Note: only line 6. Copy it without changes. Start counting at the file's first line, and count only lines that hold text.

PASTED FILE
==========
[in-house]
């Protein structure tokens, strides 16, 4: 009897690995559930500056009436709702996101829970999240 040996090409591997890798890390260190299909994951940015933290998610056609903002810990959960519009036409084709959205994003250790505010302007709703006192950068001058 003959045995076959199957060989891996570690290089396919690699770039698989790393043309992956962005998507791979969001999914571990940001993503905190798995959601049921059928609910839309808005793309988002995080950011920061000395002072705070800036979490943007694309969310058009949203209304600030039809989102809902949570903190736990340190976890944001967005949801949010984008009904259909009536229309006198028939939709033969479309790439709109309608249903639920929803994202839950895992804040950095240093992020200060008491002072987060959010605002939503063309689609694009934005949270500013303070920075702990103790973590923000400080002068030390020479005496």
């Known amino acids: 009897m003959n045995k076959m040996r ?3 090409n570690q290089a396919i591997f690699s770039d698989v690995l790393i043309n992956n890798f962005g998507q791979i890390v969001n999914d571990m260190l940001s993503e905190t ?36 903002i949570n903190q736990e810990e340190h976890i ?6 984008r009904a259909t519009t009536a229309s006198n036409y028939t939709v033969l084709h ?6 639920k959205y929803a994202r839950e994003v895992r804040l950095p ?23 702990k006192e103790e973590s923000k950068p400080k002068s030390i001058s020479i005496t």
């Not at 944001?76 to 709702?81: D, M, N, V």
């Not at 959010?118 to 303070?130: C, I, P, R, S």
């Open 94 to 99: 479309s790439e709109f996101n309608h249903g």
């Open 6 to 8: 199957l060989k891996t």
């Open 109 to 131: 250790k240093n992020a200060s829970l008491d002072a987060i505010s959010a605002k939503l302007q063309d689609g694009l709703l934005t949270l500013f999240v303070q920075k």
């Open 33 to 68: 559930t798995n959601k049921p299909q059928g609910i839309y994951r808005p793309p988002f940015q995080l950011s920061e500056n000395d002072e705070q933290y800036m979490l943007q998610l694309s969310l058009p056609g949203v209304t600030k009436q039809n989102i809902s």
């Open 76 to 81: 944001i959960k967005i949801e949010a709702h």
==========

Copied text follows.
């Open 94 to 99: 479309s790439e709109f996101n309608h249903g």